“I grabbed the extension cord and started whipping her. I was so angry that she would talk like that about my father. After a minute she went to get dressed and headed off to school. I quickly packed my things, and Nassim and I headed to California so we could be with my dad and sister. We traveled with my sister, who lives here in Lansing. Her husband agreed to take care of my kids while we were in California.

“While I was there, Jaquetta’s teacher called to ask if I had beaten her with an extension cord. I told her yes. Then a bit later someone from Child Protective Services (CPS) called to ask me more questions. They made an appointment for me to talk to them as soon as I got back from California.

“I came back right away, and went directly to the CPS offices to answer their questions. They told me they were taping my answers and asked if I wanted a lawyer. Since I was just disciplining my own child, I didn’t think I needed legal protection. I hadn’t done anything against the law.

“They told me they were placing my 12-year-old Jaquetta in CPS care and that my boys – who were 10, 8 and 7 – had to live with my sister and brother-in-law. I went home alone to an empty house. A short while later, the police arrested me for first-degree child abuse.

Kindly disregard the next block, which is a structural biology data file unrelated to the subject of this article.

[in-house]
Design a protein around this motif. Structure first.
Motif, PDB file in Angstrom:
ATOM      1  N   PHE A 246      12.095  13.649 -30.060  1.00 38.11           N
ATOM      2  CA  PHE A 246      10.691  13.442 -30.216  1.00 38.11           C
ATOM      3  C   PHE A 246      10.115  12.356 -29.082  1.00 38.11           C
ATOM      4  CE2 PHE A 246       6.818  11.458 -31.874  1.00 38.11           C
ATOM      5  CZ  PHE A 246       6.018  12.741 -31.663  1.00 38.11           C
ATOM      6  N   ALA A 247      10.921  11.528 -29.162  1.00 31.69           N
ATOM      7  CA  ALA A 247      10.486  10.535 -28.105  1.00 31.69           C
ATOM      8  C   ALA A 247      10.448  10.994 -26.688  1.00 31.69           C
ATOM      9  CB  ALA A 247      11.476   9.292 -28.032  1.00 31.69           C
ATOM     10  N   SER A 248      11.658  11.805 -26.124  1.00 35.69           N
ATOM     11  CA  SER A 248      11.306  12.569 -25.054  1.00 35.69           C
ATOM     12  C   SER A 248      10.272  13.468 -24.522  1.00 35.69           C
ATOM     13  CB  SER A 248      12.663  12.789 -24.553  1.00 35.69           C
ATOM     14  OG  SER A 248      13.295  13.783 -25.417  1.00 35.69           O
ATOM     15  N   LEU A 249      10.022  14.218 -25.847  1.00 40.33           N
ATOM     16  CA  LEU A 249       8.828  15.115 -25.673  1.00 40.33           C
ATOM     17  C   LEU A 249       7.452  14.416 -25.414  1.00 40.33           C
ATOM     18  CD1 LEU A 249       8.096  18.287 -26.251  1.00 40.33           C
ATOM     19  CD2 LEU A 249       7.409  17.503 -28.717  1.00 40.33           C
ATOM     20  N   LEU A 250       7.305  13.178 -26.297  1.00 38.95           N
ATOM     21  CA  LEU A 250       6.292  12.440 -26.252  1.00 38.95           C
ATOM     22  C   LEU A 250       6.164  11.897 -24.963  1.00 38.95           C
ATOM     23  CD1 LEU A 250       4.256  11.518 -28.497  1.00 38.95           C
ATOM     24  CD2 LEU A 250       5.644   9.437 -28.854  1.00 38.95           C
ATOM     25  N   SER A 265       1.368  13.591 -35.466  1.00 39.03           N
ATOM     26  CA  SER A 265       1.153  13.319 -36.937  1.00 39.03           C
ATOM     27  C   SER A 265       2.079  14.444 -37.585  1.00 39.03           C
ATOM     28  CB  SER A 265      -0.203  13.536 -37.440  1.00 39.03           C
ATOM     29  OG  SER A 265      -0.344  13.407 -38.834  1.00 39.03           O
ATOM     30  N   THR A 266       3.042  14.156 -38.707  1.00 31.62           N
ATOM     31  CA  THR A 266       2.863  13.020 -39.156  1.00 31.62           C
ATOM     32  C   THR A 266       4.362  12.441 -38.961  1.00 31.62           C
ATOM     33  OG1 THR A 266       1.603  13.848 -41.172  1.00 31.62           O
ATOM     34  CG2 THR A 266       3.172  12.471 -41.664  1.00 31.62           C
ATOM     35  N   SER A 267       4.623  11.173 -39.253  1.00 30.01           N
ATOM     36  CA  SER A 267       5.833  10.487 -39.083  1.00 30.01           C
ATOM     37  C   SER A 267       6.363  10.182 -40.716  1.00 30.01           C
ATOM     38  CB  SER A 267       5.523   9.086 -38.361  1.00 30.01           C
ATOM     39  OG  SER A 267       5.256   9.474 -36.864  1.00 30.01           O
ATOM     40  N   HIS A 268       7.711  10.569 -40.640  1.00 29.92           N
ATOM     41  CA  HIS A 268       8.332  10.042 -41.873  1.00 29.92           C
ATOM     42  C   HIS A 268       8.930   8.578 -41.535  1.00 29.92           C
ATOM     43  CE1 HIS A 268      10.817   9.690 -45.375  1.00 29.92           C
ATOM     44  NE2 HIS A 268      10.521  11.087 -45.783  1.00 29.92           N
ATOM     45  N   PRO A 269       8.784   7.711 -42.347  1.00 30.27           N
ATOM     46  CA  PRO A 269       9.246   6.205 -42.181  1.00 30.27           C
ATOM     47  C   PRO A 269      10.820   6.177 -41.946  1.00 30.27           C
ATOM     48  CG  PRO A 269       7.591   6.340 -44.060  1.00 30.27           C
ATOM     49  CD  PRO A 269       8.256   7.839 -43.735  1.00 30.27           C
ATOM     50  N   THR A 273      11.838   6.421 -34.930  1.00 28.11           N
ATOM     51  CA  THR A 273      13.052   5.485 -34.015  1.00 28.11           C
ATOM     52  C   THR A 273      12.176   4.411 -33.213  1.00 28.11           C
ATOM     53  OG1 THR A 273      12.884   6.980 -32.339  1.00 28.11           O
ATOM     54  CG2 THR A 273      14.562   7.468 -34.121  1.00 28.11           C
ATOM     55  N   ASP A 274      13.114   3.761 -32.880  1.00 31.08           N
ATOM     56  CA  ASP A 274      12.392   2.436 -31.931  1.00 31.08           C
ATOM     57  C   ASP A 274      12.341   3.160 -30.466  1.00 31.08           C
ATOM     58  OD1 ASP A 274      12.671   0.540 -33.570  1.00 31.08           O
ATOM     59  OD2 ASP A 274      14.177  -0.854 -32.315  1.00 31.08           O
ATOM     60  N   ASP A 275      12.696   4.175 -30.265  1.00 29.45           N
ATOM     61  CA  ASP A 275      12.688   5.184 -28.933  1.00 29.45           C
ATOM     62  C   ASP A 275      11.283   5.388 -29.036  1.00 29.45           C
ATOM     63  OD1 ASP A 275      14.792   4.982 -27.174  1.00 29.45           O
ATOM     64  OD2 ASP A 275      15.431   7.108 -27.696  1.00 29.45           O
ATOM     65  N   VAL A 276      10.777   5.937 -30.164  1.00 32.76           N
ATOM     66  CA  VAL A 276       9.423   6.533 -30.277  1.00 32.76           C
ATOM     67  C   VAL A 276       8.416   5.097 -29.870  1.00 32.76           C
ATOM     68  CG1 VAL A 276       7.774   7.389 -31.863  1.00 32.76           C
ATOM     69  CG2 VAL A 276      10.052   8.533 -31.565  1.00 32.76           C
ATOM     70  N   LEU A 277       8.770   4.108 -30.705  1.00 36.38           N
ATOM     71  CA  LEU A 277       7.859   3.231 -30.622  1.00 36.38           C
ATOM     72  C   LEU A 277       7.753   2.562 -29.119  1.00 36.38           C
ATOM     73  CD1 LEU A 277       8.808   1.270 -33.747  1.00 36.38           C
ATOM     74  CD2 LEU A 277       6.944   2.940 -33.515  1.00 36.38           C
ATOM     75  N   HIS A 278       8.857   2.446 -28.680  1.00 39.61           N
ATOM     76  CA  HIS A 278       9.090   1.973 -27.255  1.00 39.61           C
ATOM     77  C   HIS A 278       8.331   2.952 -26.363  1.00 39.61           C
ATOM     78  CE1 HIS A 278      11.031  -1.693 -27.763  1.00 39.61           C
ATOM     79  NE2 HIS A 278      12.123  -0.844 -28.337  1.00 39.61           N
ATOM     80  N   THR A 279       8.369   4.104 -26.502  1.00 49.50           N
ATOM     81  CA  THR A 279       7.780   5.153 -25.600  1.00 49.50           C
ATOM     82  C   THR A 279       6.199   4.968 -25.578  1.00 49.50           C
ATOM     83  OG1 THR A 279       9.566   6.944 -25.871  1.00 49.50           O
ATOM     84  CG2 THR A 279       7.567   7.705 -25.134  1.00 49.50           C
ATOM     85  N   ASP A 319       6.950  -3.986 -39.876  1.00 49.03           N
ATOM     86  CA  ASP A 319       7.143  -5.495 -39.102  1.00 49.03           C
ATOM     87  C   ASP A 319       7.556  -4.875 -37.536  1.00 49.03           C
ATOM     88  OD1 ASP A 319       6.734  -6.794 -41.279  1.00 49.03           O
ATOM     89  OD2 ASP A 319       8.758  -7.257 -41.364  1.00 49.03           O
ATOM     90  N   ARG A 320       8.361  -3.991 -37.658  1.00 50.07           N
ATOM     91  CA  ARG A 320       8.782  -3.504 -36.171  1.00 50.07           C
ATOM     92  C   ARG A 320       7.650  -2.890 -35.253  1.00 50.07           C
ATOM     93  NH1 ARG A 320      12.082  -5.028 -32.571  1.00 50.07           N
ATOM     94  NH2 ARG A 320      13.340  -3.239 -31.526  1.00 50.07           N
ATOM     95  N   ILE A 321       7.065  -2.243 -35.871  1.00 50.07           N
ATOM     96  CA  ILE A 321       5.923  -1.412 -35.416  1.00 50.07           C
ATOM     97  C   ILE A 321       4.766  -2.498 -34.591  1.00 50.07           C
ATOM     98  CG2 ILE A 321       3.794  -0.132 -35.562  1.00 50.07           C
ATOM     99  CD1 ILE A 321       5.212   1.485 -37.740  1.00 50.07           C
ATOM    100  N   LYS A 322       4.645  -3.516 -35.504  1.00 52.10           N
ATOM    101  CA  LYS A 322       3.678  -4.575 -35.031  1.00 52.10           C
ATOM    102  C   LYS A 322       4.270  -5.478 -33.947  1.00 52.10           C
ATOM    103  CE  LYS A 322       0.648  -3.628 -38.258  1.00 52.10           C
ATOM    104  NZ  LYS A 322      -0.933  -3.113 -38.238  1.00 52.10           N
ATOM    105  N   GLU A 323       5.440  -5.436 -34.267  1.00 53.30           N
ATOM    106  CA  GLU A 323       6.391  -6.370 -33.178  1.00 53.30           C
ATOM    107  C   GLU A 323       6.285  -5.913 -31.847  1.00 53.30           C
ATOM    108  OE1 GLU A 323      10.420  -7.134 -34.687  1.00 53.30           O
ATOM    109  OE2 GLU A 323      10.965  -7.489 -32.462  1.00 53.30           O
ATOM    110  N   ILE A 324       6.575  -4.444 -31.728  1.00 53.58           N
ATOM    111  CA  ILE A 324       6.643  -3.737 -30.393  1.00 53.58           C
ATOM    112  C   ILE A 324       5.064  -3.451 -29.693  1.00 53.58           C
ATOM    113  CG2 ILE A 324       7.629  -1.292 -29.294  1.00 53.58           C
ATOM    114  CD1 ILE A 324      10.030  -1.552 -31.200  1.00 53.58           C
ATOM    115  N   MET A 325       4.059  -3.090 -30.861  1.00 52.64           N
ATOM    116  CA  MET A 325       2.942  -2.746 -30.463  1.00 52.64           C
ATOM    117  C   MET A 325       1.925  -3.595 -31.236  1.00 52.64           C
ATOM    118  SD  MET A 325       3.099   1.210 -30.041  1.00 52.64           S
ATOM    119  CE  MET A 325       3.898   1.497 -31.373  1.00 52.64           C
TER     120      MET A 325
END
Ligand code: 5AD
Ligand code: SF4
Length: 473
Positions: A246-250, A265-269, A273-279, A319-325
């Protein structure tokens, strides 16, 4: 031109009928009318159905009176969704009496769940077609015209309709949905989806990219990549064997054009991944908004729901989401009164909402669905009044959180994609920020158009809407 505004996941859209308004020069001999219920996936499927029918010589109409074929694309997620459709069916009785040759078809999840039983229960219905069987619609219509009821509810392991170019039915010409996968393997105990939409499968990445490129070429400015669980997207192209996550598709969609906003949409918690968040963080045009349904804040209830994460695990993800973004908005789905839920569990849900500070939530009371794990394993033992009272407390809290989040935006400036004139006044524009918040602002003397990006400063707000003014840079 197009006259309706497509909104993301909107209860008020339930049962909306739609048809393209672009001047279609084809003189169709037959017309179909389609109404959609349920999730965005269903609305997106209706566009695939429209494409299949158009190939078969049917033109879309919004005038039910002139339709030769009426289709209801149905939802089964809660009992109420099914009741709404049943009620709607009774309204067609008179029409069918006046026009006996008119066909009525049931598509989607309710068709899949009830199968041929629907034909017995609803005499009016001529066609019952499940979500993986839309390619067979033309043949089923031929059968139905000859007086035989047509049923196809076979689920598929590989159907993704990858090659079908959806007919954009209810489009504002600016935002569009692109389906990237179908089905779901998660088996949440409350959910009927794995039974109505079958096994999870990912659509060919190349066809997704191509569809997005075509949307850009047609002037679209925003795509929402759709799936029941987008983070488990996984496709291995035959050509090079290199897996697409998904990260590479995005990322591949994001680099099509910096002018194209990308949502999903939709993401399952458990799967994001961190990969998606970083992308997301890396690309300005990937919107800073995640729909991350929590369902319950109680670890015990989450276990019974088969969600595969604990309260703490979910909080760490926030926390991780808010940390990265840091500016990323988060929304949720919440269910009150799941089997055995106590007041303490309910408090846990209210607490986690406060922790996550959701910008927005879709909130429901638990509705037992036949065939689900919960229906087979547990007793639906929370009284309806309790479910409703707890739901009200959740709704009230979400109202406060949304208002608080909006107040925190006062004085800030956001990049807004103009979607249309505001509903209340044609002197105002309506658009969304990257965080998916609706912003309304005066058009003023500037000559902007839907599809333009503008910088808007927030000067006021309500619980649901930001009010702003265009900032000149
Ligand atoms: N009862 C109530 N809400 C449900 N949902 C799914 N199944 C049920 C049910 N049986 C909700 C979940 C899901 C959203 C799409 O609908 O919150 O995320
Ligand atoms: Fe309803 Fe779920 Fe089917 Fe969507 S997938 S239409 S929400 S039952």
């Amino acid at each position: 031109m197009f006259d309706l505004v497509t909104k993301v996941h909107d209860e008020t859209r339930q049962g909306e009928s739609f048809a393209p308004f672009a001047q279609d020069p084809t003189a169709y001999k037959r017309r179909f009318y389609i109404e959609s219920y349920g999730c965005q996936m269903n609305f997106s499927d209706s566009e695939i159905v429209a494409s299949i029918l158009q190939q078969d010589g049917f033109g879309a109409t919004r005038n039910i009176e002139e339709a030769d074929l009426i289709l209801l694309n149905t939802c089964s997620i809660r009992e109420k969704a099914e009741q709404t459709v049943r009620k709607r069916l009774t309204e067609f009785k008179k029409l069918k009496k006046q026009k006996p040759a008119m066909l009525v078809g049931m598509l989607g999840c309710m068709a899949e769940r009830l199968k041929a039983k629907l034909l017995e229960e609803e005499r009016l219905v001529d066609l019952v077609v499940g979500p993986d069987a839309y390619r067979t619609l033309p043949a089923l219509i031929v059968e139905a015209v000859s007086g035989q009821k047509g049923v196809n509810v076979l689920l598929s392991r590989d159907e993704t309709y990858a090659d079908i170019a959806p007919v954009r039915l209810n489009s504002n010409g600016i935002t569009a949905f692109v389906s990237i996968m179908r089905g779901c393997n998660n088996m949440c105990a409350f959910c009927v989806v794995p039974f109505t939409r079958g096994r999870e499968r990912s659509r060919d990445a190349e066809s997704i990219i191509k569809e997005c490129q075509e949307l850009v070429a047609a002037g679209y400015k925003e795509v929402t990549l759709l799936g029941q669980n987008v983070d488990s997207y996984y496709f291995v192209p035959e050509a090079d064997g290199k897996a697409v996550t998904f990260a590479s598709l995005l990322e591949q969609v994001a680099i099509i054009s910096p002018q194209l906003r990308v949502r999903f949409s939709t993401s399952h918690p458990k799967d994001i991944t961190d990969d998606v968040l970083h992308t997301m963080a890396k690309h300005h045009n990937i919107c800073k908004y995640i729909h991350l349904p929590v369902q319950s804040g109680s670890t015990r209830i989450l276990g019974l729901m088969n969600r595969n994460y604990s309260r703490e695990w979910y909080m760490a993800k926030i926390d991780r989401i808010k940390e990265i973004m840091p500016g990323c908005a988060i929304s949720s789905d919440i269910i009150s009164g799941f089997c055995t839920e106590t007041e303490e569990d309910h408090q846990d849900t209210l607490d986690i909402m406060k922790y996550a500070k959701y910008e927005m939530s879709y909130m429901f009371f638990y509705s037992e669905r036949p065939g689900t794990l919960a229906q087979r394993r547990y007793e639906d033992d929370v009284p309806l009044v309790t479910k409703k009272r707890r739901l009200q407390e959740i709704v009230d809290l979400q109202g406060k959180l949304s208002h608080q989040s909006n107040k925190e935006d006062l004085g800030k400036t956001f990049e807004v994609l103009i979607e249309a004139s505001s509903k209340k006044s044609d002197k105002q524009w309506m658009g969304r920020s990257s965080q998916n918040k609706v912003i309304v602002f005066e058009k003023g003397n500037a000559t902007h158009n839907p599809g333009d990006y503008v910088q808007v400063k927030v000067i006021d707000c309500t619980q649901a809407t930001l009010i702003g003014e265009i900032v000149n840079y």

“Because I was on tape saying I had beaten my child, I didn’t have a trial. The judge said I was probably using learned behavior, but he sentenced me to prison anyway.

“While I was held in the county jail, my father passed. My sister from Lansing was able to stay to be with him at the end. Together my sisters buried our dad without me. While they were there, my brother-in-law decided he couldn’t take care of my sons and he turned them over to CPS, too.

“Our whole family was just lost.” Remembering, Doris shakes her head.

“I thought prison would be like on TV. But once I found out I could wear my own clothes and no one was going to rape me, I settled into a routine. After a year, they transferred me to Camp Brighton, a minimum security prison.

“Still, I did better than my kids during my time there. They jumped from one foster home to the next. Eventually Nassim and Kadeem were sent to St. Vincent’s Home. Jaquetta and Hakeem bounced around, too,” she says.